PHMSA Eases Pipeline Regulations, Enforcement in Response to Pandemic

By Jeff Awalt, Executive Editor

(P&GJ) — Responding to the impact of the COVID-19 pandemic, the Pipeline and Hazardous Materials Safety Administration (PHMSA) has issued two guidance documents that ease some operating requirements, allow discretion in enforcement and provide flexibility to support the agency's "state and industry partners."

PHMSA's Notice of Enforcement Discretion for Certain Gas Transmission Pipeline Requirements extends a July deadline for gas pipeline operators to meet compliance requirements under Part 192 of the so-called Mega Rule.

With the notice, PHMSA is effectively pushing the deadline to December 31, providing a temporary suspension of enforcement related to control room operating hours and operator qualification (OC) while easing some training requirements.

"Furthermore, PHMSA will not object to waivers, special permits, stays of enforcement, or similar measures granted by State authorities to intrastate gas pipeline operators for noncompliance with State regulations equivalent to the new Part 192 requirements listed above that are issued as a result of the National Emergency," the notice states.

PHMSA specified that the changes do not affect any other provisions of the Final Rule and do not apply to Part 191 reporting requirements or compliance deadlines. It also emphasized that operators must continue to comply with all safety regulations.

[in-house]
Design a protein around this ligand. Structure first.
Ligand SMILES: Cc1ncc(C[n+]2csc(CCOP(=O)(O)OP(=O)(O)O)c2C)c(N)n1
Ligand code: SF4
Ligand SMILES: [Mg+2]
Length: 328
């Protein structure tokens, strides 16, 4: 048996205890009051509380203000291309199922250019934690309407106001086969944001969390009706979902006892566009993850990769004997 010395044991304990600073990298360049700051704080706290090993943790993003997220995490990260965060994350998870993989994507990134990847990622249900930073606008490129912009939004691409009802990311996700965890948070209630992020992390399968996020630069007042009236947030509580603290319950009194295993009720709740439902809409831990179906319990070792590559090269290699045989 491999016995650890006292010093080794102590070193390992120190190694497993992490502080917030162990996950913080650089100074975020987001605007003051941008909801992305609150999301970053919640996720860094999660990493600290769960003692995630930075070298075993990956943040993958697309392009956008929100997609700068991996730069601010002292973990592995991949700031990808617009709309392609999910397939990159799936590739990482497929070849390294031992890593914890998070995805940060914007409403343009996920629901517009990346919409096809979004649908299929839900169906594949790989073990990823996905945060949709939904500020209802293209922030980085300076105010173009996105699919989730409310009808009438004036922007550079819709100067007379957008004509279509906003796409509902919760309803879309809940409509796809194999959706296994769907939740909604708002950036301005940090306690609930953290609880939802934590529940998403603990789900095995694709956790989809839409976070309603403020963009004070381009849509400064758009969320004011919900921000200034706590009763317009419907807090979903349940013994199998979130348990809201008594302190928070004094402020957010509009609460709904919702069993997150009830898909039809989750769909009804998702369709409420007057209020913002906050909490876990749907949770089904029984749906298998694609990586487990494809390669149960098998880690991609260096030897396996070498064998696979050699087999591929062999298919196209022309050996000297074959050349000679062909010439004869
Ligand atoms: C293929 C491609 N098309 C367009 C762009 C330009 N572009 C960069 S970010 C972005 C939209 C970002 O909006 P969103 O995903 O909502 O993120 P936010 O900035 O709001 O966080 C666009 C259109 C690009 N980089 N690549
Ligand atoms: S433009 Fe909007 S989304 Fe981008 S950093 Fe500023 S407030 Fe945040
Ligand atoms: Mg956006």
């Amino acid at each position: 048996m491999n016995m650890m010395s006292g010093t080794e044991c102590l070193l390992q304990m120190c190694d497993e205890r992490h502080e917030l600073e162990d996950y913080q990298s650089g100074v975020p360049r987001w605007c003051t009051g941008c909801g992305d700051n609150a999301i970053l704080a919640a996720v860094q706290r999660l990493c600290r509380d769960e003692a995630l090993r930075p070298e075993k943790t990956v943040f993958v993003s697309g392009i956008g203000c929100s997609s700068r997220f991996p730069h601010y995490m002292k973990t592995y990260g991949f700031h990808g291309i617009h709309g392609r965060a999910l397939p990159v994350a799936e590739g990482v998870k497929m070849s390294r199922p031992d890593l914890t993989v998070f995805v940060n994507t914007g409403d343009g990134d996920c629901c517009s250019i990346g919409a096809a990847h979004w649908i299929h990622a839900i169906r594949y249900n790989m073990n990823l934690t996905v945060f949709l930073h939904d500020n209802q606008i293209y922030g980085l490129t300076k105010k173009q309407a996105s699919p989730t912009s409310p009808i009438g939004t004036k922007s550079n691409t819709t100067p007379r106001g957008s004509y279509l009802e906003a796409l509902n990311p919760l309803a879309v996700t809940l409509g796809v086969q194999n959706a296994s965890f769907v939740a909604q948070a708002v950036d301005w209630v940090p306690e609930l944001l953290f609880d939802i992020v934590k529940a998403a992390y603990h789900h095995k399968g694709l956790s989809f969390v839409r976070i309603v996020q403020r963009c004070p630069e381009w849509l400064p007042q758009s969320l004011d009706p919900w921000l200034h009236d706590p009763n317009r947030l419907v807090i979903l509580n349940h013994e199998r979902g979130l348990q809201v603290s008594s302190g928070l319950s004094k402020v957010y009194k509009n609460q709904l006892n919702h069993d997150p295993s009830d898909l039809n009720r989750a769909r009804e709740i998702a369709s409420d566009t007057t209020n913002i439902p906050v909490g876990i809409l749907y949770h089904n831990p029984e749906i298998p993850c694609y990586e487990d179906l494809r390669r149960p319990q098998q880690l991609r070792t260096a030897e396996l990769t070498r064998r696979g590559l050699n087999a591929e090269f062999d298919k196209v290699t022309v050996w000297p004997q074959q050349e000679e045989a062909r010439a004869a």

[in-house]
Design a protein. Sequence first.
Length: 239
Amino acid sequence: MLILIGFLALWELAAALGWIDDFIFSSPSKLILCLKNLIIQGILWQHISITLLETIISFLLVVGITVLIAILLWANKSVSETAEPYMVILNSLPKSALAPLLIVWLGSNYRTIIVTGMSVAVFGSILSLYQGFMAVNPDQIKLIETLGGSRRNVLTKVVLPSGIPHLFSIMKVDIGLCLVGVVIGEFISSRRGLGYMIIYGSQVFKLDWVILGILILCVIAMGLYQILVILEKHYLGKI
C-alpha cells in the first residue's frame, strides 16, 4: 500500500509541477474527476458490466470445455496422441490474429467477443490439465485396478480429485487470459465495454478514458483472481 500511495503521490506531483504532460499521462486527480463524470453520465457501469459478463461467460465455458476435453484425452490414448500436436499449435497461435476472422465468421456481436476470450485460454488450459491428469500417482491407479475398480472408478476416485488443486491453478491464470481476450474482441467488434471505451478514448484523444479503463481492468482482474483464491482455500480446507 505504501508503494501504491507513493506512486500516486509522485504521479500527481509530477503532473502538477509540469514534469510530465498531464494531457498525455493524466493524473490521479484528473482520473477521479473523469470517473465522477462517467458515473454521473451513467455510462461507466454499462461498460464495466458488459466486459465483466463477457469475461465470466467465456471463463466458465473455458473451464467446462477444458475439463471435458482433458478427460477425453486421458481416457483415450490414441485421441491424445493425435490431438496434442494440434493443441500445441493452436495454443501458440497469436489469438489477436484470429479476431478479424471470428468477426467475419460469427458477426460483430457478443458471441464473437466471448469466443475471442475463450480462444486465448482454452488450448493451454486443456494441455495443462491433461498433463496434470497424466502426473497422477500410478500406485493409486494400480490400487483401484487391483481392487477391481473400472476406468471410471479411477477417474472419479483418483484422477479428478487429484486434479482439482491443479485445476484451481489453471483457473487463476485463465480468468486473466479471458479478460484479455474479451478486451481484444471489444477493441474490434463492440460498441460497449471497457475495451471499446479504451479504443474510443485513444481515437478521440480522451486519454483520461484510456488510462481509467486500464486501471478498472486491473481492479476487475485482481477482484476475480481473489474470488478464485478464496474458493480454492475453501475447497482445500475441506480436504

The notice issued Wednesday follows a March 19 document  titled, PHMSA Guidance to State Partners Regarding COVID-19, which provides that PHMSA will work with industry and state partners “to address any emergent need for special permits or state waivers and, if appropriate, reschedule some inspections as a result of the COVID-19 outbreak.”

Describing the work of PHMSA and its state partners as “critical to the safety of the transportation and energy supply networks and the economic stability of our nation,” the guidance document says the agency intends to prioritize safety-sensitive inspections and investigations.

"States should identify critical work, such as priority and time-sensitive inspections and investigations, that should not be delayed and prioritize that work for completion," according to the guidance document.





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